The film also has an undeniably powerful hook: Ripley’s pregnancy. It is cruelly ironic that the character who has survived two encounters with the xenomorph would befall such a fate, but it seems so right. That’s in line with the formidable universe encountered in Scott’s film. Weaver also makes the most of the script’s dramatic focus and delivers a characteristically-fantastic performance. She is Alien³‘s true stand-out, giving Ripley an “end” that lives up to the legacy of the character. Her purity is made all the greater when the other protagonists are murderers and rapists. There isn’t the deep emotional bond she had with her crew mates aboard the Nostromo, and none of the camaraderie of the doomed marines from the Sulaco. These people are despicable convicts, and while they may have “found God at the ass-end of space,” their motives are shaded.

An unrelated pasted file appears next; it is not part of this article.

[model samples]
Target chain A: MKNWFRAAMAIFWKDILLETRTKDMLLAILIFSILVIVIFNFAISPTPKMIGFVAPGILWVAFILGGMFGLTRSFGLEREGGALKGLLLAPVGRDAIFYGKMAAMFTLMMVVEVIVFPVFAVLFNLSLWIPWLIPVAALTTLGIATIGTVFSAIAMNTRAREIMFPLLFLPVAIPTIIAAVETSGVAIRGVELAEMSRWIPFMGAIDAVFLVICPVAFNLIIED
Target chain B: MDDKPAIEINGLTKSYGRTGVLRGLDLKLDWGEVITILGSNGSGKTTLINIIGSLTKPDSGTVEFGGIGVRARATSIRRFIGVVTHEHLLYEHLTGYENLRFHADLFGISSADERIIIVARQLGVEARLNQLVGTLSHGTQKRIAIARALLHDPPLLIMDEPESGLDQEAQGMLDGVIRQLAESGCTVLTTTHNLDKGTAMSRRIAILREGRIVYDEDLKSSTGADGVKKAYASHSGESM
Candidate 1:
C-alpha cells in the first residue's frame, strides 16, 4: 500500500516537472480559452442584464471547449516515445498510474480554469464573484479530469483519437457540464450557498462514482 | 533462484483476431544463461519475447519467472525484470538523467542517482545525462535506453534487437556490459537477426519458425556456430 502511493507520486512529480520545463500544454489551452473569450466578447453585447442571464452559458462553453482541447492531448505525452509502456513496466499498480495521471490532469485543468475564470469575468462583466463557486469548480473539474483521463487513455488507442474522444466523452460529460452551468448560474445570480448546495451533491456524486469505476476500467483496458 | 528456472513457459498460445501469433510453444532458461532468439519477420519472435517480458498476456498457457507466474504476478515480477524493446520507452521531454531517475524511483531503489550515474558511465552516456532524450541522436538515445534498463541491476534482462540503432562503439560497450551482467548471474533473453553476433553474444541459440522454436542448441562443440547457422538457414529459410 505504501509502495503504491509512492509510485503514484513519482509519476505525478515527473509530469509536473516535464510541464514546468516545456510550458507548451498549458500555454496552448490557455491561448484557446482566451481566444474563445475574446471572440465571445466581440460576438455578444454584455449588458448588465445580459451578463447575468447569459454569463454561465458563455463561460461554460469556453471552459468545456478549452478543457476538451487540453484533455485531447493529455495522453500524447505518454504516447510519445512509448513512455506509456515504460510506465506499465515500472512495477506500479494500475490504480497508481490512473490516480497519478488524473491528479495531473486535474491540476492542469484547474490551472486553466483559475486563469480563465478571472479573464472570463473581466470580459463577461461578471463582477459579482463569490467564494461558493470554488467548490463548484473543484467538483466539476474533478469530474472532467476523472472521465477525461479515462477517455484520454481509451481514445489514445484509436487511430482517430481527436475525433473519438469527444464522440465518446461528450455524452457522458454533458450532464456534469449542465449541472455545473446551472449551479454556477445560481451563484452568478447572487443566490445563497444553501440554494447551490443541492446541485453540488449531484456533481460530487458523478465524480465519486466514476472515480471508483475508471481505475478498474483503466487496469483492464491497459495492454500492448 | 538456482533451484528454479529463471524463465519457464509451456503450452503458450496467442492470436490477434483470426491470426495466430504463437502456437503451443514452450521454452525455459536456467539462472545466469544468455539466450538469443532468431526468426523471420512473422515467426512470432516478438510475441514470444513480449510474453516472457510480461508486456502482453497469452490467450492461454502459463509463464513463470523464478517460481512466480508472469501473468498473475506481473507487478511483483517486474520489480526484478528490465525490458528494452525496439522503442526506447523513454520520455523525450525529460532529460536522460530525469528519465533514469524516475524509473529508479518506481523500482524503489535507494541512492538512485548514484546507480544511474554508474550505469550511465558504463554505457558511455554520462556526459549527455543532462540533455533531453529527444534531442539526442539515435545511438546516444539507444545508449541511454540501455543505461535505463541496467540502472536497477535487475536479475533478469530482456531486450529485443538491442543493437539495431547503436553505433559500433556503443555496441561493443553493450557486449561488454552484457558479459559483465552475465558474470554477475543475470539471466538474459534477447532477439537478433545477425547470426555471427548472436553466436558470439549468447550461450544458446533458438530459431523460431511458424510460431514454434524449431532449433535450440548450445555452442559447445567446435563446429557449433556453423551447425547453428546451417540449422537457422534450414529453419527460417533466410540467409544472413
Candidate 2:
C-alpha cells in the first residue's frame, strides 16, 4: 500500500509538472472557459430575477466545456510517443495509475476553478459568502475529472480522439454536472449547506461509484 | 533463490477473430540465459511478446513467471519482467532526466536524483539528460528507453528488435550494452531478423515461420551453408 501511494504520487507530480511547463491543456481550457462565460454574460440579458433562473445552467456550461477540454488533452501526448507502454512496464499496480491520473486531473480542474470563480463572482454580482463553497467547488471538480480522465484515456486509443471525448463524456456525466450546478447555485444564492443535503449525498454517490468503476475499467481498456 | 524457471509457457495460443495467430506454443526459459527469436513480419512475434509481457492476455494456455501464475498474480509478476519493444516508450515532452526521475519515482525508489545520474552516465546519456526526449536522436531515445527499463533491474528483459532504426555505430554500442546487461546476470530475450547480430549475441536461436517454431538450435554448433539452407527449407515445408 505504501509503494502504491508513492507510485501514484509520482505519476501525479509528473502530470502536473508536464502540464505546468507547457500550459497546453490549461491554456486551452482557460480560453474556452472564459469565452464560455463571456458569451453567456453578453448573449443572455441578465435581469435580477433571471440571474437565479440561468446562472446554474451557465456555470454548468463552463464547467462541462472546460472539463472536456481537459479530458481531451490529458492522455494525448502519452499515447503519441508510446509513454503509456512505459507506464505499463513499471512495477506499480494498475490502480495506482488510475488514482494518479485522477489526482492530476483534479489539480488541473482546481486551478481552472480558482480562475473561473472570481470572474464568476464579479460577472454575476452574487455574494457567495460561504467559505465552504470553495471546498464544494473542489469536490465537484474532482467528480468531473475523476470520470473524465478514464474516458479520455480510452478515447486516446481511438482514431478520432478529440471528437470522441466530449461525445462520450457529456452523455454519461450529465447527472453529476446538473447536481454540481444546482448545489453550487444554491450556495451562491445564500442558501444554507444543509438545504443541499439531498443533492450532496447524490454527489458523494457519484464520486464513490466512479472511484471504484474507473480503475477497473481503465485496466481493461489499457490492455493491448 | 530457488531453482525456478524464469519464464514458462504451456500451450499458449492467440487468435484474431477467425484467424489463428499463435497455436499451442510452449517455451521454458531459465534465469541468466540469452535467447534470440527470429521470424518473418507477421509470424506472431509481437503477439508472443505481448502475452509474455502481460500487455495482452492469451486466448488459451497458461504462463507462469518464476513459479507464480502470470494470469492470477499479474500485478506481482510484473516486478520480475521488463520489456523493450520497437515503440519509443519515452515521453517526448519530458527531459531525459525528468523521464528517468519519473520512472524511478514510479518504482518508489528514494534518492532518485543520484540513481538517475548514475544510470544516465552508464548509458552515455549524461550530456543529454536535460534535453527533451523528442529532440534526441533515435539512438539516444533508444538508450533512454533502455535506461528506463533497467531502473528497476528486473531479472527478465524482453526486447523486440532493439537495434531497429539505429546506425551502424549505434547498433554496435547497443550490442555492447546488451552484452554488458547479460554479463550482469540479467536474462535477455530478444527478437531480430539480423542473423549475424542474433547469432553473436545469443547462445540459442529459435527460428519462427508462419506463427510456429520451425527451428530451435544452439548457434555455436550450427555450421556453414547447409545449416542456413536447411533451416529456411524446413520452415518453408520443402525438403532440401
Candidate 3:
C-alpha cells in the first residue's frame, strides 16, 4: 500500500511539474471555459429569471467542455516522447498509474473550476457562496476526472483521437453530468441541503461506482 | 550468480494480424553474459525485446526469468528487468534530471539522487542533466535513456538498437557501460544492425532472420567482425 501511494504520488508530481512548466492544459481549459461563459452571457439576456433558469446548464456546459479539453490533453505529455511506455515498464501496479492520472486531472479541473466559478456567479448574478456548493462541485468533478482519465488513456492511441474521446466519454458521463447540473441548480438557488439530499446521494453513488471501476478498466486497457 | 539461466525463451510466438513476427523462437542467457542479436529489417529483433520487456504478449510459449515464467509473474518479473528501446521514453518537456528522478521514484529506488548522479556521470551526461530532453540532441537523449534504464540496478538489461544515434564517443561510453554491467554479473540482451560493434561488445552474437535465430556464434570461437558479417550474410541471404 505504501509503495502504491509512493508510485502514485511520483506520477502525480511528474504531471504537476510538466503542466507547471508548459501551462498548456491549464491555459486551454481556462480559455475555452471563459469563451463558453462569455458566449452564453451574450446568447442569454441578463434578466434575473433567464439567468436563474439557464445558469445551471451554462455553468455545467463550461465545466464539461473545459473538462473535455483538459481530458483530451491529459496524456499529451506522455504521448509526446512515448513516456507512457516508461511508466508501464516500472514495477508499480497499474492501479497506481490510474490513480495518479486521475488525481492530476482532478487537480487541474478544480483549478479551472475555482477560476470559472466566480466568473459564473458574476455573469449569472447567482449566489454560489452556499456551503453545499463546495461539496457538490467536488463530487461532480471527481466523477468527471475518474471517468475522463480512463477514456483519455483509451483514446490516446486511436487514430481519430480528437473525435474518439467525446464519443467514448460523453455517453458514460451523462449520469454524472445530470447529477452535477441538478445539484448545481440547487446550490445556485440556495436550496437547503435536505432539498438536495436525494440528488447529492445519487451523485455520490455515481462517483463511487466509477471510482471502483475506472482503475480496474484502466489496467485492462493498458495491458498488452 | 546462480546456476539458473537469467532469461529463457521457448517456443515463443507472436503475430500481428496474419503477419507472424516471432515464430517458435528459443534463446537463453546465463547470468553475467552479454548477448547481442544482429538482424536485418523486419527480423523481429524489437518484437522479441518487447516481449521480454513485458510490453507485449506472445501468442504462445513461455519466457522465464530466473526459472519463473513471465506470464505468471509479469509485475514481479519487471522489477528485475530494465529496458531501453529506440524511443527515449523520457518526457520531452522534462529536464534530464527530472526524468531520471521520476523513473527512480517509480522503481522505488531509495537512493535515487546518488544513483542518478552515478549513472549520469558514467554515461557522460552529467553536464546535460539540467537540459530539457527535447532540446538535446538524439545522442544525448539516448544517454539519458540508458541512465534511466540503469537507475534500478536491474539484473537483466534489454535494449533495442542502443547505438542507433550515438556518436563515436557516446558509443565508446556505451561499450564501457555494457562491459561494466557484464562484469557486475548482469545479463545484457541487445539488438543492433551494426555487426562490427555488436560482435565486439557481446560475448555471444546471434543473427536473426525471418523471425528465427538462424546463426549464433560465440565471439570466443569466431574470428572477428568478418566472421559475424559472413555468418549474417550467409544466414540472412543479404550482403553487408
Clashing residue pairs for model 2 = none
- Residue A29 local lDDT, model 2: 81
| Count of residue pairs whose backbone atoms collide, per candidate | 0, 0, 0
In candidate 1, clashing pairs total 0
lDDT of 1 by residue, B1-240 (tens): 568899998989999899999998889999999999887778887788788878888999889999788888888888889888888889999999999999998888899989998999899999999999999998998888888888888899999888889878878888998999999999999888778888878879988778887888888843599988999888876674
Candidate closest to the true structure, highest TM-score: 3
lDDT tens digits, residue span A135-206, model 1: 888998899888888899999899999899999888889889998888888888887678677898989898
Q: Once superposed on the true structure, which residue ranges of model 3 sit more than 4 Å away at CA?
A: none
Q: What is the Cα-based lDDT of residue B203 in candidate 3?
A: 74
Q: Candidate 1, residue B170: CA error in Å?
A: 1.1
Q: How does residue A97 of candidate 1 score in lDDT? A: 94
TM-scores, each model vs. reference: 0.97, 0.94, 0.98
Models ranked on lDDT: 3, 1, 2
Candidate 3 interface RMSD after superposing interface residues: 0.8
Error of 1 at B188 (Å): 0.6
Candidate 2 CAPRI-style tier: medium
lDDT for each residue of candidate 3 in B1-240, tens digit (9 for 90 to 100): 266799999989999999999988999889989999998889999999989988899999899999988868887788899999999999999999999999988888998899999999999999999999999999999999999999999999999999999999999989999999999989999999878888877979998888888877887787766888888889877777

Standing out from the pack of bald, barcoded cons is Charles S. Dutton as the soulful Dillon. He gets one of the most powerful scenes in the film – the funeral for Newt and Hicks. His soliloquy is inter-cut with the birth of the alien – exemplifying the primary theme of the picture better than anything else. He’s also a fascinating character, proclaiming himself to be a “murderer and rapist of women,” while also being honourable, brave and strangely moralistic. Dillon is the only supporting character that feels fully-realised.